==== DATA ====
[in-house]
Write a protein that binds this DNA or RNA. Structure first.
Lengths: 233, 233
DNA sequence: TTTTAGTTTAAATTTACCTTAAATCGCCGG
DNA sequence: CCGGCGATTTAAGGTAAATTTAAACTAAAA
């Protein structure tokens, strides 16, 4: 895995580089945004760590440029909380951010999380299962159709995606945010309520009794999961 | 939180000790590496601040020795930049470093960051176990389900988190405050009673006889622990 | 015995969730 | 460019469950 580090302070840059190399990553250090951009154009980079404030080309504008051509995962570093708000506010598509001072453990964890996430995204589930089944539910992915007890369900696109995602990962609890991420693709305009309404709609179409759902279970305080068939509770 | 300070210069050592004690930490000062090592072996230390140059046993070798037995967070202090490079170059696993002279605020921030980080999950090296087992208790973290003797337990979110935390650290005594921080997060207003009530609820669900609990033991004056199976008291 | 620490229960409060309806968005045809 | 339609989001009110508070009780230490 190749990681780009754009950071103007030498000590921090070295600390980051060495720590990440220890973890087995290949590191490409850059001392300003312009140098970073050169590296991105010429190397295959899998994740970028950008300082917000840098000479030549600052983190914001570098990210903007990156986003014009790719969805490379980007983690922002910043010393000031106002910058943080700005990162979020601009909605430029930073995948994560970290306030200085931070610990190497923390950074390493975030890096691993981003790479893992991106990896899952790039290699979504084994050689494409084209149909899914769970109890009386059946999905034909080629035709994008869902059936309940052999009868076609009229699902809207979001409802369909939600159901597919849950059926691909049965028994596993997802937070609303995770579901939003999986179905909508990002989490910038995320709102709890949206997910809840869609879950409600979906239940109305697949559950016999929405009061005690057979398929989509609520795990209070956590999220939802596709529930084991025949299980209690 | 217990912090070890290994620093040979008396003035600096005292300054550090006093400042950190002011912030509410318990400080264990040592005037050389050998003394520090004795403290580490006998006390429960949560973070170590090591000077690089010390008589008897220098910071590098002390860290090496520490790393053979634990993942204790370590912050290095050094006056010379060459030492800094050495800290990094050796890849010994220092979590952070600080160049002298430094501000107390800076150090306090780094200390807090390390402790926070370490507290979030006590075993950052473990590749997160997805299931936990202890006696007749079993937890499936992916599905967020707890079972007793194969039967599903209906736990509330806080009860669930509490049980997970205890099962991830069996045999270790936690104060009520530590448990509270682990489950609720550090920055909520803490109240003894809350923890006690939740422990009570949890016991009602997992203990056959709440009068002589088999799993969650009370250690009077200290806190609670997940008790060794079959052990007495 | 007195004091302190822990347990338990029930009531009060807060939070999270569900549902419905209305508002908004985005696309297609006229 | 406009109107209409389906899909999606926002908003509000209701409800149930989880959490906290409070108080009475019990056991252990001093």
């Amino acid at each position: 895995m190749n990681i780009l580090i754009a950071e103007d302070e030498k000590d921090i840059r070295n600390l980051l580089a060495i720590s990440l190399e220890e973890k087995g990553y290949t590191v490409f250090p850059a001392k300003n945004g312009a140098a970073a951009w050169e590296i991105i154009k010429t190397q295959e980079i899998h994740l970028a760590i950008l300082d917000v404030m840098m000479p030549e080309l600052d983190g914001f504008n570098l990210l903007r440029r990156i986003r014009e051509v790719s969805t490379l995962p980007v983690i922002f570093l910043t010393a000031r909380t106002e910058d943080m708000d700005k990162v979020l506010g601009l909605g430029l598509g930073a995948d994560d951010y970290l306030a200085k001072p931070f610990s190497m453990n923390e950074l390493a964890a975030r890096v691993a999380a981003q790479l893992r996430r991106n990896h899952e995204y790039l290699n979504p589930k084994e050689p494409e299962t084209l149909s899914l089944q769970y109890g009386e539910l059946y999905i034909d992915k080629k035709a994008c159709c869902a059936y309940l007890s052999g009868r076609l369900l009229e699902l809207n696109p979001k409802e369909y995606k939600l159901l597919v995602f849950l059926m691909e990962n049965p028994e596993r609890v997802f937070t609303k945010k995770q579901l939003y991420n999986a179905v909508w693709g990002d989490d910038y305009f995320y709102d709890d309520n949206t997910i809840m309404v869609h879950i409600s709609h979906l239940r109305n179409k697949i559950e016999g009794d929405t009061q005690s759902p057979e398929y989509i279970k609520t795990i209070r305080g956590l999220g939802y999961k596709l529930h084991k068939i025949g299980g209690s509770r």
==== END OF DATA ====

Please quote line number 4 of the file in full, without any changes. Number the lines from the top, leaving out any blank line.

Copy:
DNA sequence: TTTTAGTTTAAATTTACCTTAAATCGCCGG